Cephalosporins
• • • • • • • • • • • • 3rd generation Cefixime Cefoperazone Cefotaxime Ceftazidime Ceftriaxone Moxalactam Cefdinir Cefditoren pivoxil Cefpodoxime Ceftibuten Ceftizoxime • • 4th generation Cefepime (Maxipime)

B-Lactamase inhibitors
• Clavulanic acid • Sulbactam • Tazobactam

Penicillin’s
• • • – most widely effective antibiotics and are among the least toxic drugs - major adverse reaction (Hypersensitivity) bactericidal

Penicillins
• • • • • • • Penicillin G Penicillin V Methicillin Nafcillin Oxacillin Cloxacillin Dicloxacillin • • • • • • • Ampicillin Amoxicillin Carbenicillin Ticarcillin Piperacillin Mezlocillin Azlocillin

Penicillin’s
• Mechanism of Action:
– interfere with the last step of bacterial cell wall synthesis, exposing the osmotically less stable membrane

Mechanism of action/s:
• rapidly growing organisms that synthesize a peptidoglycan cell wall • Inactive against organisms devoid of Peptidoglycan cell wall, such as mycobacteria, protozoa, fungi, viruses • Inactivate proteins present on the bacterial cell membrane

Mechanism of action/s:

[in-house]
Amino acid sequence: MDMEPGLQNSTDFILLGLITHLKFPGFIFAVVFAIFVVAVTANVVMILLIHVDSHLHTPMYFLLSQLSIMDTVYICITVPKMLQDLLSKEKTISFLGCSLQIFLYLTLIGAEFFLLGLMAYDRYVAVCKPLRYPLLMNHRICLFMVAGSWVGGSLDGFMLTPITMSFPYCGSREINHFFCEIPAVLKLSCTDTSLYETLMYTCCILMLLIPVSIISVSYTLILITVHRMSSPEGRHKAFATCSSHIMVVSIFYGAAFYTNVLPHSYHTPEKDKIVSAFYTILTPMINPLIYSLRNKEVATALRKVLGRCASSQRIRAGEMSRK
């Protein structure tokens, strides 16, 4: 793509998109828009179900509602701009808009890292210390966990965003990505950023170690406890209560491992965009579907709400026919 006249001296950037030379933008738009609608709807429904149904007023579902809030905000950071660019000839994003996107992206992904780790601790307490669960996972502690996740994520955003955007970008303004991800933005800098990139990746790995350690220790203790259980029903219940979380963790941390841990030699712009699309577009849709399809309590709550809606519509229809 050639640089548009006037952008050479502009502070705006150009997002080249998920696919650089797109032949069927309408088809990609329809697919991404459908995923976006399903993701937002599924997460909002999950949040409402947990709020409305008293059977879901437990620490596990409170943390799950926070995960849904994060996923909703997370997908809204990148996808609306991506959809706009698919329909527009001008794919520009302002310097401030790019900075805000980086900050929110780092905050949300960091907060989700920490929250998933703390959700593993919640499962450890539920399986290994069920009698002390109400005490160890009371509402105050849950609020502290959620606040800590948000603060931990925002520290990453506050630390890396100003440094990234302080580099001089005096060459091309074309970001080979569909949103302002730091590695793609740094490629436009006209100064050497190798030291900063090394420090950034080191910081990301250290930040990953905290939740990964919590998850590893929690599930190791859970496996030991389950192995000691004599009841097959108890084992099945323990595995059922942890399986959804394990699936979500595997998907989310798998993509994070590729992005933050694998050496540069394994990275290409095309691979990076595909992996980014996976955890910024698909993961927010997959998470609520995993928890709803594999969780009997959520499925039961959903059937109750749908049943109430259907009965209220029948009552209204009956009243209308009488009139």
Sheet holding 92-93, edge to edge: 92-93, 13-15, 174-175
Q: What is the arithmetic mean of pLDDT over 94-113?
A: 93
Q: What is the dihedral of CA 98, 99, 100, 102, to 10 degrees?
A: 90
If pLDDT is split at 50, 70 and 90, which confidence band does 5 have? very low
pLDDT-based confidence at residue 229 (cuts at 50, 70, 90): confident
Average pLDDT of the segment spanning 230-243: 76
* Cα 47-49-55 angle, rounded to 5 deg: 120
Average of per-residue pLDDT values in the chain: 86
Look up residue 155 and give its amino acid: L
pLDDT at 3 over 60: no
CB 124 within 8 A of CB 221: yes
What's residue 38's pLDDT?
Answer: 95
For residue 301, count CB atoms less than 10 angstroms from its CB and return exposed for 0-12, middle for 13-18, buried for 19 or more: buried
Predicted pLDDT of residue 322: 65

• Penicillin binding protein • Enzymes for the synthesis of the cell wall (morphology) • Methicillin-resistant Staphylococcus aureus • Inhibition of transpeptidase (cell wall integrity) • Autolysins – gram positive cocci • * Inhibition of cell synthesis and destruction of existing cell wall by autolysins

Antibacterial Spectrum
• Gram positive • Gram negative (lipopolysaccharide)

1. Natural Penicillin
• • – Penicillium chrysogenum Penicillin G (benzylpenicillin) – gram positive and gram negative cocci, gram positive bacilli and spirochetes Penicillin V - same spectrum with PenG, not used for treatment of bacteremia (MLC – minimum lethal concentration, mimimum amount of the drug needed to eliminate the infection), oral infections

2. Antistaphylococcal penicillins:
• Methicillin, Nafcillin, oxacillin, cloxacillin and dicloxacillin- penicillinase-resistant penicillins Penicillinase-producing Staphylococci Methicillin (toxic) (MRSA)

• •

3. Extended spectrum penicillins
• • • • Ampicillin and amoxicillin similar to PenG – gram-negative bacilli Ampicillin – gram-positive bacillus, Listeria monocytogenes Amoxicillin – dentists for abnormal heart valves Escherichia coli and Haemophilus influenzae (resistant

4. Antipseudomonal penicillins
• • • • A. Carbenicillin B. Ticarcillin C. Piperacillin – most potent Gram – negative bacilli but not klebsiella

5. Penicillins and aminoglycosides
• • – synergistic effect -eg Ampicillin plus Gentamicin

Pharmacokinetics
• • 1. Administration IV or IM - Methicillin, ticarcillin carbenicillin, mezlocillin, piperacillin, azlocillin, combination of ampicillin with sulbactam, ticarcillin with clavulanic acid and piperacillin with tazobactam Oral - Pen V , amoxicillin and amoxicillin combined with clavulanic acid

Pharmacokinetics

2. Absorption
Penicillins are incompletely absorbed after oral medication and reach the intestine in sufficient amount to affect the intestinal flora. Amoxicillin is completely absorbed.

• •